Magnet means which do not manifest the distinct polarity of bar magnets also are employed in the same manner. For example, the sheets can be similarly sandwiched between pairs of ceramic magnet strips or pieces of rubber or plastic material carrying dispersions of magnetic particles. One of each pair can be nonmagnetized iron or other ferrous material and only the other of each pair need be magnetized.
Referring further to FIGS. 12 to 14, the strip image sheet 58 has a plane surface 580 in contact with the diffuser film 57, and the image strips are applied to the front face 58d of the sheet 58 as by lithography or the like. Similarly, the grid sheet 60 has the opaque strips 118 lithographed on its front surface 60d, and its rear surface 60e is plain. The slip sheet 59 between the strip image sheet and the grid sheet protects the image strips from damage as sheet 58 is reciprocated; but because the slip sheet 59 is connected to the strip image sheet 58 only at the mounting pins 103 and 104, rather than being laminated to it, any problems due to differential shrinkage of those sheets or discoloration of laminating adhesive are avoided.
Referring now to FIG. 1 1, which shows an alternative embodiment that includes some structural changes in the upper end of the chassis frame and an alternative mounting for the upper carrier cross bar, a chassis, in dicated generally at C2, includes a top cross frame member 240 and an upright side frame member 242 having a transverse rear web 244 that is to the rear 'of the top frame 240, a side web 245, and a forward trans, verse web 246. A bracket plate 256 provides a mount ing for drive means 265. A sheet carrier top cross bar assembly, indicated generally at 282, includes a mounting arm 292 which is pivoted at 292a near the rear upper comer of the bracket plate 256 and extends forwardly where it has a right angle mounting flange 292b to which a cross angle 284 is bolted. A laterally extending stub shaft 294 near the forward end of the carrier arm 292 provides a journal for a cam follower 295.
The drive means 265 includes a cross shaft 311 journalled in the side web 245, and the shaft 311 has an end portion positioned outside said web 245 on which .a cam 312 is mounted, and the cam follower roller 295 rests upon the cam 312.
A drive motor 313 is mounted on the bracket plate 256 to the rear of the side frame member 242 and has a shaft 314 which extends through a hole in the bracket plate. lntermeshing gears 315a and 315b are mounted, respectively, on the shafts 314 and 31 1 in order to drive the shaft 311 and cams 312 from the motor 313. Except for the above described modifications, the second embodiment of the apparatus is the same as the first; and of course the parts 256, 292, 292a, 294, 295 and 312 have their exact counterparts on the opposite side of the frame.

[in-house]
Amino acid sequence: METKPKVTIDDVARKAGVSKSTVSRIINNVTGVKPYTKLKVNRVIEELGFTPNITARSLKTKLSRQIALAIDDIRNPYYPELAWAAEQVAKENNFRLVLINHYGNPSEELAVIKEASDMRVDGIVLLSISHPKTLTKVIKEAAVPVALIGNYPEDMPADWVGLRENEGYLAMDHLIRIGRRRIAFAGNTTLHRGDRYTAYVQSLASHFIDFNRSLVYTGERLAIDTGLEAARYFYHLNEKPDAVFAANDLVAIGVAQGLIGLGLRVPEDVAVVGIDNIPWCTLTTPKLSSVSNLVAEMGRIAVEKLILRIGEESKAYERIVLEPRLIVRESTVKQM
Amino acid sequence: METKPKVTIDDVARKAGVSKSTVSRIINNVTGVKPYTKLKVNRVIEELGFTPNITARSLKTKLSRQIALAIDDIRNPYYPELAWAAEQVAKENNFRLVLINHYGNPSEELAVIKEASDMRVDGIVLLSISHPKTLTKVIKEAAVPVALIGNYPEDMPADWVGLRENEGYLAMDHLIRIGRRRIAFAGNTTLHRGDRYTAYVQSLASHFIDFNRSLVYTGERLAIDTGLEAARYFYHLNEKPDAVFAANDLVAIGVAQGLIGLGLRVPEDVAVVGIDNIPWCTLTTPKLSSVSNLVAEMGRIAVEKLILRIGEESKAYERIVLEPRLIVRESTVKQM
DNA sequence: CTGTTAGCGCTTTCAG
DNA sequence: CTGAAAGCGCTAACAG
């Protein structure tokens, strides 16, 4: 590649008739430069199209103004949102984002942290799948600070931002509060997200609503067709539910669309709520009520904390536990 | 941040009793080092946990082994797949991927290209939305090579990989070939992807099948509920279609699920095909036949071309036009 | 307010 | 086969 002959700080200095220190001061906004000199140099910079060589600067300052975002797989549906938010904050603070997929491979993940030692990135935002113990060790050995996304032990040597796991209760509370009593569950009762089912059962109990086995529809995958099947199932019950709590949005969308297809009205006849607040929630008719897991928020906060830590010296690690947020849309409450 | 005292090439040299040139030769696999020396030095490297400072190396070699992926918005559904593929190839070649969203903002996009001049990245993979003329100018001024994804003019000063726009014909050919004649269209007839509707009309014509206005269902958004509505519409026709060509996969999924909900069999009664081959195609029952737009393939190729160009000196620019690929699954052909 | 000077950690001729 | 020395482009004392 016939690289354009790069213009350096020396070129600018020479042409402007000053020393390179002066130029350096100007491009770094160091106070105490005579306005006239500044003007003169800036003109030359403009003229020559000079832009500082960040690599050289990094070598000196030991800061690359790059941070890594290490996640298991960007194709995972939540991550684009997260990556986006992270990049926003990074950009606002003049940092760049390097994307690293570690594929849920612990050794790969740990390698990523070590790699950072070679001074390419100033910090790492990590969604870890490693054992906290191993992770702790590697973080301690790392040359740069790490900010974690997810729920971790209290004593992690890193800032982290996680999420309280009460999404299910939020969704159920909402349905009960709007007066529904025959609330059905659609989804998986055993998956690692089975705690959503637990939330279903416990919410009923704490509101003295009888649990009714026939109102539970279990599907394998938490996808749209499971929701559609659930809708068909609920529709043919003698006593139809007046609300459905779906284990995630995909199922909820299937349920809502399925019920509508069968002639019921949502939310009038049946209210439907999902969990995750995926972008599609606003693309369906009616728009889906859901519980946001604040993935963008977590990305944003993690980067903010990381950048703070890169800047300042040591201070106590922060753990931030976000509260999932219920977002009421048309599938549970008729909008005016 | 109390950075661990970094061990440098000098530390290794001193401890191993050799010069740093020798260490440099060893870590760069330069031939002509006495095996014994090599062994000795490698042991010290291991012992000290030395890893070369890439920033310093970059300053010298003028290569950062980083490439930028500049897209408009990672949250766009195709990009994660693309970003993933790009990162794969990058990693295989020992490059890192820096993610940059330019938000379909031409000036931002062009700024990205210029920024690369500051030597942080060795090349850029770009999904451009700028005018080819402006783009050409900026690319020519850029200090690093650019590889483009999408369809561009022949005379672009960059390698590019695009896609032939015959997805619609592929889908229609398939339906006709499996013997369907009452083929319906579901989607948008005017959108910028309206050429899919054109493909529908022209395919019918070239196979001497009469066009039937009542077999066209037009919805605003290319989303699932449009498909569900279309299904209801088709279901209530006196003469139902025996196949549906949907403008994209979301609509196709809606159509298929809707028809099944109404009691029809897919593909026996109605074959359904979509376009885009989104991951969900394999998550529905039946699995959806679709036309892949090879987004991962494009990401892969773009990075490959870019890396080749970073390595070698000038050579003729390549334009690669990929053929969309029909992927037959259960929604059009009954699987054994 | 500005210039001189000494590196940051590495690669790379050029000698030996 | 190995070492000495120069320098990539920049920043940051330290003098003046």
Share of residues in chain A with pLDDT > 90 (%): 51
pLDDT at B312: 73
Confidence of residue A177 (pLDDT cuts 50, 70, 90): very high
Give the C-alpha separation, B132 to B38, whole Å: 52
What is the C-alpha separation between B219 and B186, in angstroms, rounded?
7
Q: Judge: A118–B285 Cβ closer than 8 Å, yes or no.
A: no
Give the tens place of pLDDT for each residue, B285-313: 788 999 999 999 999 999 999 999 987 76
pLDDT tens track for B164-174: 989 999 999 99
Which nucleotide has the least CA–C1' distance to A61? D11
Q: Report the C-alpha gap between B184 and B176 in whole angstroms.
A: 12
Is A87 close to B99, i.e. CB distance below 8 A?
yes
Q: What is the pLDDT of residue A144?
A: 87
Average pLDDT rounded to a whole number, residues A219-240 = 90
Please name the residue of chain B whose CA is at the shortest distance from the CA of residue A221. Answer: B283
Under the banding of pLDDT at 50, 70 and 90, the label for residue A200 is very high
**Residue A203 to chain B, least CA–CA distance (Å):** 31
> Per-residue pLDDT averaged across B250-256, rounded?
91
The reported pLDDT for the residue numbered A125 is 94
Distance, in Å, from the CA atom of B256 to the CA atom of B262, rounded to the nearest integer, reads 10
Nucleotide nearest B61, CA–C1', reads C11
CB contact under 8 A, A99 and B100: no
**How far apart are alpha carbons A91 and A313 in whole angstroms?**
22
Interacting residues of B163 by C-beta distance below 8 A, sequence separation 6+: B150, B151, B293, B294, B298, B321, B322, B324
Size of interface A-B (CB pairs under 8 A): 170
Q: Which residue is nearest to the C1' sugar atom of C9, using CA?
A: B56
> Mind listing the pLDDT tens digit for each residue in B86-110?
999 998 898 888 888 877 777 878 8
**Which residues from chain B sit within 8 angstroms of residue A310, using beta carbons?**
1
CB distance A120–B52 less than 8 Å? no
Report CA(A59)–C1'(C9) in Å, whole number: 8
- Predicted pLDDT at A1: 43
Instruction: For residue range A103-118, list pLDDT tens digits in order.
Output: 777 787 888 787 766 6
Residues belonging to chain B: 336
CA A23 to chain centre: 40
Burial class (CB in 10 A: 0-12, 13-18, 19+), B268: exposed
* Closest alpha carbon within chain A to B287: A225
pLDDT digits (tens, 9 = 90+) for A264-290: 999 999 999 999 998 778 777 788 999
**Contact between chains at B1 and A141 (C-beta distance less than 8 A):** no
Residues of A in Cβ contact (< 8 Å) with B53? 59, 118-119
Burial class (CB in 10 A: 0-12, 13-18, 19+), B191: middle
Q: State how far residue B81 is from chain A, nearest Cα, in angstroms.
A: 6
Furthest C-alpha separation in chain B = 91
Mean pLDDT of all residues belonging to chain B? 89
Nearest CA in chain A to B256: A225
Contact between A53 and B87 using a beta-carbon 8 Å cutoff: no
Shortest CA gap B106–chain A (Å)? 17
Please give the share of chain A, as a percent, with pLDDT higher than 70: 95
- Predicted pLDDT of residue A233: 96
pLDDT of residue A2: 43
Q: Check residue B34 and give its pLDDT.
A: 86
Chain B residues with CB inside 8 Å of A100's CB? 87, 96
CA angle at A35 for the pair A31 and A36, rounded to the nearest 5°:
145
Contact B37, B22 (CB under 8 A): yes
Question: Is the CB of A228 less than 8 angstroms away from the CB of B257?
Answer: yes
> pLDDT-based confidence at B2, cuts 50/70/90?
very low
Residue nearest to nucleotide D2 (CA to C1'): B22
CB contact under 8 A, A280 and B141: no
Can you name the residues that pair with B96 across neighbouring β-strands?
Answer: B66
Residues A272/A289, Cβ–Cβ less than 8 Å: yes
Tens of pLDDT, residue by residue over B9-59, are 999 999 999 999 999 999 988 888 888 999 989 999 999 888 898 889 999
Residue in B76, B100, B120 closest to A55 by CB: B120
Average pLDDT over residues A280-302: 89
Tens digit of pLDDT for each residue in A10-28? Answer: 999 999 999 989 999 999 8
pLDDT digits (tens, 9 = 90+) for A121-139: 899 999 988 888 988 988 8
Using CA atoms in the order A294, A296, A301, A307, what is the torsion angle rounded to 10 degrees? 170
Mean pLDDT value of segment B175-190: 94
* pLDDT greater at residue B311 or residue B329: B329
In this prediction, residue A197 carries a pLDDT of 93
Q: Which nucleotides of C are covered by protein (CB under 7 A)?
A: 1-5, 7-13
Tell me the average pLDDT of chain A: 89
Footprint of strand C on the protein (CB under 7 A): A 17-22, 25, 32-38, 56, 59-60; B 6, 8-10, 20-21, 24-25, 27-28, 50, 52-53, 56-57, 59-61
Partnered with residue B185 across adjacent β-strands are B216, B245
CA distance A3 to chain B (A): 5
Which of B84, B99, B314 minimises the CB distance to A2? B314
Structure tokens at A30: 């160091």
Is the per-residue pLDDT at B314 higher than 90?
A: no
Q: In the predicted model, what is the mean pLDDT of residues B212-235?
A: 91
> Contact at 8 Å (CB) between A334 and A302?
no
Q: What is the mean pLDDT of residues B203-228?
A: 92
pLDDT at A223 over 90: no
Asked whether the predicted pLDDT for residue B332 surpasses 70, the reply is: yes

The carrier arms 292 are long enough that with the very small reciprocating motion of only 0.12 inch which is imparted to the strip image sheet 58, the slight arcuate movement of the carrier top frame member 282 about the pivot 292a is unobjectionable.
The dwell of each illuminated view of another embodiment of the display of this invention can be modified or developed completely by a change in position of the viewer or a change by the viewer in his angle of viewing the display. This embodiment of the display utilizes a change in or movement of the viewing position to animate the display by shifting the illuminated view from one set of exposed strip images to another. The above described means for shifting the strip image sheet 58 and the grid sheet 60 relative to one another may be eliminated or be inactive or it may be operated so that a viewer position change or motion modifies its action.
For this variation the strip image transparency sheet 58, transparent slip sheet 59a and grid sheet 60 are arranged as shown in FIG. 10A. The slip sheet 59a has I substantial thickness relative to the transparent strips 117 of the grid sheet. For example, the clear slip sheet 59a may be 0.010 inches thick, the image strips 016d, 116a, 116b, etc. of image sheet 58 also are 0.010 inch wide, the transparent strips 117 of the grid sheet are 0.005 inch wide and its opaque strips 118 are 0.040 inch wide. The grid sheet 60, slip sheet 59a and image transparency sheet 58 are held together as a unit by magnetic means hereinabove described or in this embodiment, rather than a slip sheet, other spacing means may be used to maintain a clear space between the grid sheet 60 and image transparency sheet 58.
With the image transparency sheet and grid sheet spaced a fixed distance from one another, the illuminated view developed by correspondence of the transthe set of image strips 1 16b, 216b, etc. become exposed to the viewer. Similarly from position C of FIG. 10A the set of image strips including 016d, 116d, etc. become visible. Since the image strips 016d, etc. of this embodiment are twice as wide as the transparent grid strips 1 17, each illuminated view dwells for a short time as the viewer moves from position B to A or to C and then fades into the next view merely by angular movement of the viewer and of the grid and image strips relative to one another. Thus, the desired change of view can be achieved by oscillating or rotating the entire device before a viewerwho may or may not be moving, or by a viewer moving with respect to a stationary device.